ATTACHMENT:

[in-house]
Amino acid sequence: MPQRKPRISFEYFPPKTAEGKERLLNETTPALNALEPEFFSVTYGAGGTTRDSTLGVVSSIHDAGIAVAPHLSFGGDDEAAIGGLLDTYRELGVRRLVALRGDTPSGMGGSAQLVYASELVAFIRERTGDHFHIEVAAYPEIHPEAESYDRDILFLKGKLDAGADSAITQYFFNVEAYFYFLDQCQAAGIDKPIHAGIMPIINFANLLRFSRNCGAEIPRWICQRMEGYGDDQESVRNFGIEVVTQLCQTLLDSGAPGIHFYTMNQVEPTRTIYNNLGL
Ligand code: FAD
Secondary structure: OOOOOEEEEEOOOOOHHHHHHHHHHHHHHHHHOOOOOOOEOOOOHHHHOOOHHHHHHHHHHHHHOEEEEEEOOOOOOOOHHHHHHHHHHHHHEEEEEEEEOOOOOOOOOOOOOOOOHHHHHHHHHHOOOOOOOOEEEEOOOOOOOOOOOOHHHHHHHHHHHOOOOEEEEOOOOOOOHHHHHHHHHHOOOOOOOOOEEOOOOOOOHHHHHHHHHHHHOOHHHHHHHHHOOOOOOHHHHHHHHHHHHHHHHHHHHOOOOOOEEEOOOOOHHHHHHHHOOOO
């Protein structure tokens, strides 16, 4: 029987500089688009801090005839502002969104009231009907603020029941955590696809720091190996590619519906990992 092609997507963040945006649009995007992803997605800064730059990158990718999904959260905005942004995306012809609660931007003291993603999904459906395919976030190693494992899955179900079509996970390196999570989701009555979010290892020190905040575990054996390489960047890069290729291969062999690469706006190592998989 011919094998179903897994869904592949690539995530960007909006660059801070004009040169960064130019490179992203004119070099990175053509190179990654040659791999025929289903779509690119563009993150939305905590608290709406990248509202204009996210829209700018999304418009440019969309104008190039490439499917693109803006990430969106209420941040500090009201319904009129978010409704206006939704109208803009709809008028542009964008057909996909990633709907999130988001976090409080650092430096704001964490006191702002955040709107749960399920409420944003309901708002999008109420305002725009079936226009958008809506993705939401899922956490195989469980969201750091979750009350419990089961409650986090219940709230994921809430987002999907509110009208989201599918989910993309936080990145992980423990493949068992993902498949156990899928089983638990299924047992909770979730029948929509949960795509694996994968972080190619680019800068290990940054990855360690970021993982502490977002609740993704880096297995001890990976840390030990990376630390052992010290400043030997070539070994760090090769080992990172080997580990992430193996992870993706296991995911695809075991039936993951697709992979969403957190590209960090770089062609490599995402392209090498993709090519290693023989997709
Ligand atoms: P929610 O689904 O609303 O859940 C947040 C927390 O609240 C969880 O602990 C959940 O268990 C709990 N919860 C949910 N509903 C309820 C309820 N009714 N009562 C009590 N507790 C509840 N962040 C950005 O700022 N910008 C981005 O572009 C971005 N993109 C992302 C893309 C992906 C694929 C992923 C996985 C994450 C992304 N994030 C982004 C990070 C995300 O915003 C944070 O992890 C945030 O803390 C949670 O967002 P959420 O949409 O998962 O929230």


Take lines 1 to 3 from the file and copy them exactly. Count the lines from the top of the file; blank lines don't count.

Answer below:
[in-house]
Amino acid sequence: MPQRKPRISFEYFPPKTAEGKERLLNETTPALNALEPEFFSVTYGAGGTTRDSTLGVVSSIHDAGIAVAPHLSFGGDDEAAIGGLLDTYRELGVRRLVALRGDTPSGMGGSAQLVYASELVAFIRERTGDHFHIEVAAYPEIHPEAESYDRDILFLKGKLDAGADSAITQYFFNVEAYFYFLDQCQAAGIDKPIHAGIMPIINFANLLRFSRNCGAEIPRWICQRMEGYGDDQESVRNFGIEVVTQLCQTLLDSGAPGIHFYTMNQVEPTRTIYNNLGL
Ligand code: FAD